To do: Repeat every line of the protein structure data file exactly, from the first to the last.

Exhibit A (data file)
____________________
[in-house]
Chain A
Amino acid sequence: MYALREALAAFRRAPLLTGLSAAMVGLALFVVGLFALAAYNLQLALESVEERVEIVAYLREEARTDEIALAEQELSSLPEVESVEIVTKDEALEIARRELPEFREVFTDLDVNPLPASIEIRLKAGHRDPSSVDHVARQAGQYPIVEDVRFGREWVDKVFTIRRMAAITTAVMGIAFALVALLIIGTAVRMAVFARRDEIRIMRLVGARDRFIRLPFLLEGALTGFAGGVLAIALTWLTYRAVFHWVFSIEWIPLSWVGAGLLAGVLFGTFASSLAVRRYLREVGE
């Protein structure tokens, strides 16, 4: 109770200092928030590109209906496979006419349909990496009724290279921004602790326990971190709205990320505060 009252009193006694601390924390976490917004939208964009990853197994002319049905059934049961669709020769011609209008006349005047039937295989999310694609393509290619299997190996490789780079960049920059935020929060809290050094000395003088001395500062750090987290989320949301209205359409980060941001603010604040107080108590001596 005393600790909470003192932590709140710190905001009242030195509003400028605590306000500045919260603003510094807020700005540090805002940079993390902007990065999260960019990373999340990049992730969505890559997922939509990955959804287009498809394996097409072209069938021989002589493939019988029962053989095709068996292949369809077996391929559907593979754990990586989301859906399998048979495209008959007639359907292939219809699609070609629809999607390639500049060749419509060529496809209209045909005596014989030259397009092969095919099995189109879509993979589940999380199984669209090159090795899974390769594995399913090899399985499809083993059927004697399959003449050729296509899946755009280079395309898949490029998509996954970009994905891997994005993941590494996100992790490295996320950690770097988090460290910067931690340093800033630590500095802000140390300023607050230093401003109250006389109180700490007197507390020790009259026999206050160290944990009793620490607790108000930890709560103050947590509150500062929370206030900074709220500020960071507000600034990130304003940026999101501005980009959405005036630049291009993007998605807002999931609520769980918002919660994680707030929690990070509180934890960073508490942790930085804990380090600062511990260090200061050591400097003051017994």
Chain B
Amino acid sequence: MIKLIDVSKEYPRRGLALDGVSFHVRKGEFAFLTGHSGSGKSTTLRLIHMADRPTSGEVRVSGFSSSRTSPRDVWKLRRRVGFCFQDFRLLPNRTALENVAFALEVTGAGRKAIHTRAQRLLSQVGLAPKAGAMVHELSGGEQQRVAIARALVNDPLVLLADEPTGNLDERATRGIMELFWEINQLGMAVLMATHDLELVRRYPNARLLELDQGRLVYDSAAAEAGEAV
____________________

[in-house]
Chain A
Amino acid sequence: MYALREALAAFRRAPLLTGLSAAMVGLALFVVGLFALAAYNLQLALESVEERVEIVAYLREEARTDEIALAEQELSSLPEVESVEIVTKDEALEIARRELPEFREVFTDLDVNPLPASIEIRLKAGHRDPSSVDHVARQAGQYPIVEDVRFGREWVDKVFTIRRMAAITTAVMGIAFALVALLIIGTAVRMAVFARRDEIRIMRLVGARDRFIRLPFLLEGALTGFAGGVLAIALTWLTYRAVFHWVFSIEWIPLSWVGAGLLAGVLFGTFASSLAVRRYLREVGE
């Protein structure tokens, strides 16, 4: 109770200092928030590109209906496979006419349909990496009724290279921004602790326990971190709205990320505060 009252009193006694601390924390976490917004939208964009990853197994002319049905059934049961669709020769011609209008006349005047039937295989999310694609393509290619299997190996490789780079960049920059935020929060809290050094000395003088001395500062750090987290989320949301209205359409980060941001603010604040107080108590001596 005393600790909470003192932590709140710190905001009242030195509003400028605590306000500045919260603003510094807020700005540090805002940079993390902007990065999260960019990373999340990049992730969505890559997922939509990955959804287009498809394996097409072209069938021989002589493939019988029962053989095709068996292949369809077996391929559907593979754990990586989301859906399998048979495209008959007639359907292939219809699609070609629809999607390639500049060749419509060529496809209209045909005596014989030259397009092969095919099995189109879509993979589940999380199984669209090159090795899974390769594995399913090899399985499809083993059927004697399959003449050729296509899946755009280079395309898949490029998509996954970009994905891997994005993941590494996100992790490295996320950690770097988090460290910067931690340093800033630590500095802000140390300023607050230093401003109250006389109180700490007197507390020790009259026999206050160290944990009793620490607790108000930890709560103050947590509150500062929370206030900074709220500020960071507000600034990130304003940026999101501005980009959405005036630049291009993007998605807002999931609520769980918002919660994680707030929690990070509180934890960073508490942790930085804990380090600062511990260090200061050591400097003051017994």
Chain B
Amino acid sequence: MIKLIDVSKEYPRRGLALDGVSFHVRKGEFAFLTGHSGSGKSTTLRLIHMADRPTSGEVRVSGFSSSRTSPRDVWKLRRRVGFCFQDFRLLPNRTALENVAFALEVTGAGRKAIHTRAQRLLSQVGLAPKAGAMVHELSGGEQQRVAIARALVNDPLVLLADEPTGNLDERATRGIMELFWEINQLGMAVLMATHDLELVRRYPNARLLELDQGRLVYDSAAAEAGEAV